3:8 Now 1 at that time certain 2 Chaldeans came forward and brought malicious accusations against 3 the Jews. 3:9 They said 4 to King Nebuchadnezzar, “O king, live forever! 5 3:10 You have issued an edict, O king, that everyone must bow down and pay homage to the golden statue when they hear the sound of the horn, flute, zither, trigon, harp, pipes, and all kinds of music. 3:11 And whoever does not bow down and pay homage must be thrown into the midst of a furnace of blazing fire. 3:12 But there are Jewish men whom you appointed over the administration of the province of Babylon – Shadrach, Meshach, and Abednego – and these men 6 have not shown proper respect to you, O king. They don’t serve your gods and they don’t pay homage to the golden statue that you have erected.”
3:13 Then Nebuchadnezzar in a fit of rage 7 demanded that they bring 8 Shadrach, Meshach, and Abednego before him. So they brought them 9 before the king. 3:14 Nebuchadnezzar said to them, “Is it true, Shadrach, Meshach, and Abednego, that you don’t serve my gods and that you don’t pay homage to the golden statue that I erected? 3:15 Now if you are ready, when you hear the sound of the horn, flute, zither, trigon, harp, pipes, and all kinds of music, you must bow down and pay homage to the statue that I had made. If you don’t pay homage to it, you will immediately be thrown into the midst of the furnace of blazing fire. Now, who is that god who can rescue you from my power?” 10 3:16 Shadrach, Meshach, and Abednego replied to King Nebuchadnezzar, 11 “We do not need to give you a reply 12 concerning this. 3:17 If 13 our God whom we are serving exists, 14 he is able to rescue us from the furnace of blazing fire, and he will rescue us, O king, from your power as well. 3:18 But if not, let it be known to you, O king, that we don’t serve your gods, and we will not pay homage to the golden statue that you have erected.”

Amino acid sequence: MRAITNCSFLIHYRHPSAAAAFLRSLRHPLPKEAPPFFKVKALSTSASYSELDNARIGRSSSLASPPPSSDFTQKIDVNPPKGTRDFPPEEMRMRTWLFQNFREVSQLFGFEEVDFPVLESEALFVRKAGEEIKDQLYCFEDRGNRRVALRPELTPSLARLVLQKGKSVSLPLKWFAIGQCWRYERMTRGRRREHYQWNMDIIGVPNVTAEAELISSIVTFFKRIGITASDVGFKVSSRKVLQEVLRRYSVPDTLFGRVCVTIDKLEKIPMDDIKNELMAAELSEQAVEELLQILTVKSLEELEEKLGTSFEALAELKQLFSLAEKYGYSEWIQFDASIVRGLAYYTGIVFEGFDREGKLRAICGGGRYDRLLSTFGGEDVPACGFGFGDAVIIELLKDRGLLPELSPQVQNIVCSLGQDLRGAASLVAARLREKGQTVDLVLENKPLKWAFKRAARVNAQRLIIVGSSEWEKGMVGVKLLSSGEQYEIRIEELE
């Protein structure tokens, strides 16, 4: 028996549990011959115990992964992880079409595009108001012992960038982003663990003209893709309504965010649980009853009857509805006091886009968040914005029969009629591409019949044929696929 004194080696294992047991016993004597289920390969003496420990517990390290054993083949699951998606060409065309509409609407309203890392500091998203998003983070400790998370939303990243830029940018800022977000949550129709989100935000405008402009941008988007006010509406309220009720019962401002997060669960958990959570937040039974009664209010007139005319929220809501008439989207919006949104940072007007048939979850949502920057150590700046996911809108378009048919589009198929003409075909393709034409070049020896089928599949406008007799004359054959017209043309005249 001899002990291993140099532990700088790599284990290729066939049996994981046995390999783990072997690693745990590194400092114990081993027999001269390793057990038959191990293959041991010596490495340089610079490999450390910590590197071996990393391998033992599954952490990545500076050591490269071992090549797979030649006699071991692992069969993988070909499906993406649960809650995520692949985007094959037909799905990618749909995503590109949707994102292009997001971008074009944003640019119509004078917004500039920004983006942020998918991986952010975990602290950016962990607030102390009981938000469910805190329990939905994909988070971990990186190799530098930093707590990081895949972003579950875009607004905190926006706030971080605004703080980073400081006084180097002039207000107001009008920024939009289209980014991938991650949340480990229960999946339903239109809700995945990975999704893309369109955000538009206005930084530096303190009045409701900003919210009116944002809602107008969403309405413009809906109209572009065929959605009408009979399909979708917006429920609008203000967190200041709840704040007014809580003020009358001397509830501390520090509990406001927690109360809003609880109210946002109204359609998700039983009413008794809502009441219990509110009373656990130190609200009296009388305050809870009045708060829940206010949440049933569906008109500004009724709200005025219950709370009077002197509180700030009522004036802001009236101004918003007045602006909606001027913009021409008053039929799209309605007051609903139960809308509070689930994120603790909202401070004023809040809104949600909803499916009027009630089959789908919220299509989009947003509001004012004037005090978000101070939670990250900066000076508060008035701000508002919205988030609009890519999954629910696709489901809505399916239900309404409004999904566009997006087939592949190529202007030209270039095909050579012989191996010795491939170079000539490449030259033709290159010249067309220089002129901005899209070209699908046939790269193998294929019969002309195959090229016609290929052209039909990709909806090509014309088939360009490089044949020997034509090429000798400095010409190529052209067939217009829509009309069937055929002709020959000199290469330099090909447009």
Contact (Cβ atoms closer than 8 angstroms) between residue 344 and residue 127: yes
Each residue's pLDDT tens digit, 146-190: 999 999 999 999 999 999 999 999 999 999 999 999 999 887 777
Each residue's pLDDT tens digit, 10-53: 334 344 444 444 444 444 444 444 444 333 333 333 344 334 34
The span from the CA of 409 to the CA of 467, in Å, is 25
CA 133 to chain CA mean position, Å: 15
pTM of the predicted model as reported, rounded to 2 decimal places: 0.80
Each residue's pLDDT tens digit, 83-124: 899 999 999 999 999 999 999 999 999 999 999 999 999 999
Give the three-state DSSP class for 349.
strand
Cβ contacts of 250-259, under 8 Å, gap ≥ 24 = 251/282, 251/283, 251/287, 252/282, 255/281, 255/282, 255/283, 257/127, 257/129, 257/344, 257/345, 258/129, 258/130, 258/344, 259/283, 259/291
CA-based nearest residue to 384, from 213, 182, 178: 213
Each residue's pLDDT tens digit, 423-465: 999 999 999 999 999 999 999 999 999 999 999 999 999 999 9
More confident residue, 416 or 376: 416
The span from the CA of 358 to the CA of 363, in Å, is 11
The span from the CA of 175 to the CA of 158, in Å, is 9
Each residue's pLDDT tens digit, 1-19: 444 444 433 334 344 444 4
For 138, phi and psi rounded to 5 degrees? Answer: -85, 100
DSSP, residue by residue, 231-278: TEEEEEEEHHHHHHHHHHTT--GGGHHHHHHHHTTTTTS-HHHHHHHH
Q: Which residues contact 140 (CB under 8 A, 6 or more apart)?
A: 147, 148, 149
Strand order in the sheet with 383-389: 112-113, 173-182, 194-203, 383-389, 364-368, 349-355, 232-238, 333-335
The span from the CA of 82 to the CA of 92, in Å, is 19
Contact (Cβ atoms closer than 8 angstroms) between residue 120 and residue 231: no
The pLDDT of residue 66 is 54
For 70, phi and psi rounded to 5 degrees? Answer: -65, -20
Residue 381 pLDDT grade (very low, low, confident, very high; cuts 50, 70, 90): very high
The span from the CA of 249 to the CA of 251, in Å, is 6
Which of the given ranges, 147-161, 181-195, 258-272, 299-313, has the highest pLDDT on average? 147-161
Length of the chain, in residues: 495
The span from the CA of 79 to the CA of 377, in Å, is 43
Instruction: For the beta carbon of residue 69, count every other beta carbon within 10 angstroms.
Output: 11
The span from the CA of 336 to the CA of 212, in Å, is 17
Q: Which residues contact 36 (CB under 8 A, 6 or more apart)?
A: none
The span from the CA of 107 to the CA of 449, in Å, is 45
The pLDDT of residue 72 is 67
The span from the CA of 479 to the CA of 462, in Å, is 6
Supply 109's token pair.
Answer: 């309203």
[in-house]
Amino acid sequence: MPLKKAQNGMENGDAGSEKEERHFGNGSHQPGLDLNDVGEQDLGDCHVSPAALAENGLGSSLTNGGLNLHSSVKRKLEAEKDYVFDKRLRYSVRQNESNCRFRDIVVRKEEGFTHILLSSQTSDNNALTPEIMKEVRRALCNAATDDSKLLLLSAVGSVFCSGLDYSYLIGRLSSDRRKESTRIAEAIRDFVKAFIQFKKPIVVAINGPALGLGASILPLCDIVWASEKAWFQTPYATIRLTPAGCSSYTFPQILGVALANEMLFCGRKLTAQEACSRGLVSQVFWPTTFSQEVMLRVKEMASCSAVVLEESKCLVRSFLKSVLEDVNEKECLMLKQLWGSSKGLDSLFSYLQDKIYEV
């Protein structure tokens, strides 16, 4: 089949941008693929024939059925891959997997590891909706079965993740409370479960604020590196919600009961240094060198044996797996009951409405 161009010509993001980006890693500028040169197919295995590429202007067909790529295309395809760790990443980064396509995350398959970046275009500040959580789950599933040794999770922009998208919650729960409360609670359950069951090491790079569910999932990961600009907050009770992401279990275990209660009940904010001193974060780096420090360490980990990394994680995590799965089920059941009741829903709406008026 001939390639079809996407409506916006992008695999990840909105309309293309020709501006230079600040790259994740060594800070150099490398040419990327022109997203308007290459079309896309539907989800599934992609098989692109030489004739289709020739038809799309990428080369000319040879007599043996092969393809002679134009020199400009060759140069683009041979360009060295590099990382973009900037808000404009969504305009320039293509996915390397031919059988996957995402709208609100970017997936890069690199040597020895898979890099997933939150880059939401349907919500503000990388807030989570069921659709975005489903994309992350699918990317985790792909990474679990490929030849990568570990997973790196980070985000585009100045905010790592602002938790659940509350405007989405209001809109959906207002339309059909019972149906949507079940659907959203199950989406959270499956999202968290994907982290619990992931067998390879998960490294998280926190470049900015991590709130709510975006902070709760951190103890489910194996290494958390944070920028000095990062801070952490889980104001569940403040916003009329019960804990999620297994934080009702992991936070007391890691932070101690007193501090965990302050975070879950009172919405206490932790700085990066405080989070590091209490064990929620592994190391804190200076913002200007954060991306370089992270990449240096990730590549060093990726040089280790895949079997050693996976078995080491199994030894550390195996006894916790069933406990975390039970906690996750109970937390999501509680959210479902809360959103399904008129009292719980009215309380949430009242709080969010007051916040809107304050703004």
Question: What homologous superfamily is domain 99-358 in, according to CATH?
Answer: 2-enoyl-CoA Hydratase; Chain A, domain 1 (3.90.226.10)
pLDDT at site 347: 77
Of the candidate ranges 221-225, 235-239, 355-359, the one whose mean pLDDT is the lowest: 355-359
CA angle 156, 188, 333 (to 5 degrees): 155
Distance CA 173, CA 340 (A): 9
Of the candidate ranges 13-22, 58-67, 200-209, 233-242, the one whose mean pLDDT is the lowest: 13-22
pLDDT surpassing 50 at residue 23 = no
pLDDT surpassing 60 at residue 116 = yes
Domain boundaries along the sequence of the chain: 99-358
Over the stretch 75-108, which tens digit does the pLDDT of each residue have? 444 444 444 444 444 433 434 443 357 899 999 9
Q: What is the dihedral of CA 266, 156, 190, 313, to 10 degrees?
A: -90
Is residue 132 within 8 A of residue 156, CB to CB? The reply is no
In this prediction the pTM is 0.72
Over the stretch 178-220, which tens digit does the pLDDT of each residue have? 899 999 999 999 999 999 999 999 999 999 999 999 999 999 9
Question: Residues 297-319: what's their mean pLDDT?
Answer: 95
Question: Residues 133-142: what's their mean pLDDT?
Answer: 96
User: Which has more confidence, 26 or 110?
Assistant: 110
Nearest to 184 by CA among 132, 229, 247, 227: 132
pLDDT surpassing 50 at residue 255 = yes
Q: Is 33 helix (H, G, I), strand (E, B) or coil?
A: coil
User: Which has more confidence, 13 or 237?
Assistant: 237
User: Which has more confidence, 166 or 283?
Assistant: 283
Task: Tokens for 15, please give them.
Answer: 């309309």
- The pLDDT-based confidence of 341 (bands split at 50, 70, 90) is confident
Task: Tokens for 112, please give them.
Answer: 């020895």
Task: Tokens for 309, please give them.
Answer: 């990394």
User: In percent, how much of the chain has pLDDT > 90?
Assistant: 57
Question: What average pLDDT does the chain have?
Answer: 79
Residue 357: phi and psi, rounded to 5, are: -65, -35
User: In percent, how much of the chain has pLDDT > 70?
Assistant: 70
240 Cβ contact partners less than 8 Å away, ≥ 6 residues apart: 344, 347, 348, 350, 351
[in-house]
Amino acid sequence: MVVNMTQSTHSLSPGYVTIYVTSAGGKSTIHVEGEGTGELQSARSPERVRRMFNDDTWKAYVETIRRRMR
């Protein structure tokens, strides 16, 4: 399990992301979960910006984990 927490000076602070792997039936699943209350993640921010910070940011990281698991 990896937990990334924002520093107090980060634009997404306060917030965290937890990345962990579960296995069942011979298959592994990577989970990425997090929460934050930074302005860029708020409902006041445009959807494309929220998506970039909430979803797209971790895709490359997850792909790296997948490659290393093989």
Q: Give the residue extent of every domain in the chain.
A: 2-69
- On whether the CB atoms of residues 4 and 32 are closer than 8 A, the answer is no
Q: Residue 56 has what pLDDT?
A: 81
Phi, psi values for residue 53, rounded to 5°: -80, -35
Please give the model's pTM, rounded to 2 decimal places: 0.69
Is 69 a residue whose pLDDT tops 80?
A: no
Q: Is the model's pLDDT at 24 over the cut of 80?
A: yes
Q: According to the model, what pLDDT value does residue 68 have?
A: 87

1 tc This expression is absent in Theodotion.
2 tn Aram “men.”
3 tn Aram “ate the pieces of.” This is a rather vivid idiom for slander.
4 tn Aram “answered and said,” a common Aramaic idiom that occurs repeatedly in this chapter.
5 sn O king, live forever! is a comment of typical court courtesy that is not necessarily indicative of the real sentiments of the speaker. Ancient oriental court protocol could sometimes require a certain amount of hypocrisy.
6 sn Daniel’s absence from this scene has sparked the imagination of commentators, some of whom have suggested that perhaps he was unable to attend the dedication due to sickness or due to being away on business. Hippolytus supposed that Daniel may have been watching from a distance.
7 tn Aram “in anger and wrath”; NASB “in rage and anger.” The expression is a hendiadys.
8 tn The Aramaic infinitive is active.
9 tn Aram “these men.” The pronoun is used in the translation to avoid undue repetition.
11 tc In the MT this word is understood to begin the following address (“answered and said to the king, ‘O Nebuchadnezzar’”). However, it seems unlikely that Nebuchadnezzar’s subordinates would address the king in such a familiar way, particularly in light of the danger that they now found themselves in. The present translation implies moving the atnach from “king” to “Nebuchadnezzar.”
12 tn Aram “to return a word to you.”
14 tn The Aramaic expression used here is very difficult to interpret. The question concerns the meaning and syntax of אִיתַי (’itay, “is” or “exist”). There are several possibilities. (1) Some interpreters take this word closely with the participle later in the verse יָכִל (yakhil, “able”), understanding the two words to form a periphrastic construction (“if our God is…able”; cf. H. Bauer and P. Leander, Grammatik des Biblisch-Aramäischen, 365, §111b). But the separation of the two elements from one another is not an argument in favor of this understanding. (2) Other interpreters take the first part of v. 17 to mean “If it is so, then our God will deliver us” (cf. KJV, ASV, RSV, NASB). However, the normal sense of ’itay is existence; on this point see F. Rosenthal, Grammar, 45, §95. The present translation maintains the sense of existence for the verb (“If our God…exists”), even though the statement is admittedly difficult to understand in this light. The statement may be an implicit reference back to Nebuchadnezzar’s comment in v. 15, which denies the existence of a god capable of delivering from the king’s power.